Background and Challenge
Richard Childress Racing is one of the most storied auto racing teams in NASCAR history. Since 1969, RCR has won 17 championships and 200 races and became the first team to win in all three of NASCAR’s top touring series. With six Cup Series championships, RCR is an elite organization. Today, RCR has eight full-time race teams, 500-plus employees, and a 40-acre campus with an engineering staff of over 50. They design and build all their race cars end-to-end. They engineer and machine their own chassis and suspension components, design and fabricate their own bodies, and test and build their own engines.
Today, RCR has eight full-time race teams, 500-plus employees, and a 40-acre campus with an engineering staff of over 50. They design and build all their race cars end-to-end. They engineer and machine their own chassis and suspension components, design and fabricate their own bodies, and test and build their own engines.
Simulation is a critical ingredient to RCR’s success, especially for the aerodynamics team, where small details can make the difference between winning and losing a race. They rely on computational fluid dynamics (CFD) simulation for 95% of the car geometry to develop a deeper understanding of the aerodynamic system of the car, evaluate new aerodynamic concepts, recommend design changes to be tested by the wind tunnel team, and analyze phenomena not apparent in the wind tunnel.
CFD is a compute-intensive process, and RCR has limited on-premise high-performance computing (HPC) infrastructure and in-house expertise to support their simulation requirements. Feeling constrained, RCR’s aerodynamics team wanted to augment their compute capacity to build larger CFD models with a resolution high enough to precisely understand the intricate flow details that affect the car’s speed on the track.
The Rescale Solution
Full-body aerodynamic analysis requires that models be quite large at up to 400 million cells, which takes thousands of compute cores to process in a reasonable time. Bringing HPC in-house was infeasible due to the capital investment and HPC expertise required to set up and manage it. Additionally, RCR recognized that computing hardware performance improves significantly year-to-year and did not want to be locked into using an outdated system after a couple of years. RCR considered various HPC options but felt that Rescale’s wide hardware selection and pay-as-you-go pricing model would scale with their needs, giving them the flexibility to start small and ramp up to full production.
“We’re able to run jobs instantly. I don’t have to wait in a queue, and I can run more simulations and larger simulations because I have access to nearly-unlimited hardware. I like the instant gratification that Rescale gives me. It allows me to debug or run design variations easily.” Seth Morris, Aerodynamicist
RCR uses ANSYS Fluent, which is natively-integrated, benchmarked, and optimized for the cloud on Rescale’s ScaleX® platform, to optimize the aerodynamics of the car and other fluid flows. Fluent is a robust, commercially-available CFD solver with the capability to solve problems in many different flow regimes. RCR use Fluent for more than just external aerodynamics— they also use it to simulate downforce variation, fuel flow, and heat exchange.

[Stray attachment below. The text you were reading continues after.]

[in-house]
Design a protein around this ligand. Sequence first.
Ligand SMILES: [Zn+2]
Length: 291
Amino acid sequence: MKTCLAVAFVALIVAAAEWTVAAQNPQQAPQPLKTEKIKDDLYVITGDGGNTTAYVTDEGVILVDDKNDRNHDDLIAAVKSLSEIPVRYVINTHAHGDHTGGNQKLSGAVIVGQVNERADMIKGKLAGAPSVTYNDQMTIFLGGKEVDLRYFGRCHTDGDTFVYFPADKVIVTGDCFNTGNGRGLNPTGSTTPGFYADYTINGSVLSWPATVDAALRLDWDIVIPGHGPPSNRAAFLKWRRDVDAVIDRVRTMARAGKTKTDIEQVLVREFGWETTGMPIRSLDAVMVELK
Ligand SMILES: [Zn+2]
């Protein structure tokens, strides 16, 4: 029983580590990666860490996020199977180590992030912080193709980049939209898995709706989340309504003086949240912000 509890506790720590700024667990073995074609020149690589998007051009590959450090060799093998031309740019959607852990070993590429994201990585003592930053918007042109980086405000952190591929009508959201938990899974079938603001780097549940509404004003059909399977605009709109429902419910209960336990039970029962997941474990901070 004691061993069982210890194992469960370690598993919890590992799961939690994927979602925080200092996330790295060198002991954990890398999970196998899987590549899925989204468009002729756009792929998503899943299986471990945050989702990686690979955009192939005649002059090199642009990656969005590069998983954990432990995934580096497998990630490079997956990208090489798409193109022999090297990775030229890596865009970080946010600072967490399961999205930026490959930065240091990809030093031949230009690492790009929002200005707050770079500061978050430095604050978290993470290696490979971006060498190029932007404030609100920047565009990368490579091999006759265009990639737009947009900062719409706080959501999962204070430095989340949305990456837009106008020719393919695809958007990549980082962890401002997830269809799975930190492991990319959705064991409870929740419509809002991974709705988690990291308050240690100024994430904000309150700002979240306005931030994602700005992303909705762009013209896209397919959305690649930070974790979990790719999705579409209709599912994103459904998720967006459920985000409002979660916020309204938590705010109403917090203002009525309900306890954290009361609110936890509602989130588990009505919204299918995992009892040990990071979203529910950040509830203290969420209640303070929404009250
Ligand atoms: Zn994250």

On the Rescale platform, RCR easily completes their large jobs on 512 cores or more. They can run more complex simulations in greater quantity because of virtually unlimited horizontal scaling of hardware available on Rescale. Additionally, in an industry defined by speed, it’s a boon to be able to run jobs instantly without waiting in a queue. Not only does this accelerate their simulations, but it gives them the agility to debug and run design variations and “what-if” scenarios on the turn of a dime. These competitive advantages are critical to RCR’s on-track success
The ability to easily and efficiently explore the design space using Rescale has been liberating for RCR. To build on that success, RCR is planning to automate more simulations with Rescale in order to increase throughput and streamline their whole design-to-manufacture workflow. At the production level, the addition of unlimited CFD capacity will be game-changing. This will allow RCR to tailor drag and downforce of the body design depending on the rules and regulations and constraints of each race track in order to optimize for lap time. Advanced, high-resolution CFD, requiring thousands of cores, is extremely useful for understanding the complex aerodynamics of the race car. The car operates as a system, and the compute capacity to run advanced CFD will give them the flexibility to rapidly introduce and optimize different body designs as constraints change on a weekly basis.
“Having on-demand access to HPC through Rescale will give us a competitive advantage that will ultimately lead to more on-track wins.” Seth Morris, Aerodynamicist
In summary, running ANSYS Fluent CFD software on the Rescale cloud platform has enabled RCR’s aerodynamics team to:
- Dramatically reduce time to results by running jobs on hundreds or thousands of cores at once without waiting in a queue. Fluent scales linearly, for example, reducing runtime for a 200 million cell model from 16 hours on 512 cores to under 9 hours on 1,024 cores.
- Simulate more advanced physics and flow details. Though they use a very fine mesh in many high gradient regions around the car, their mesh continues to grow to capture ever-smaller flow details.
- Debug, run design iterations and “what-if” scenarios rapidly.
- Tailor drag and downforce depending on the rules and regulations of each race track to win races. Traffic and drafting analyses consume a large number of resources and take a long time to converge.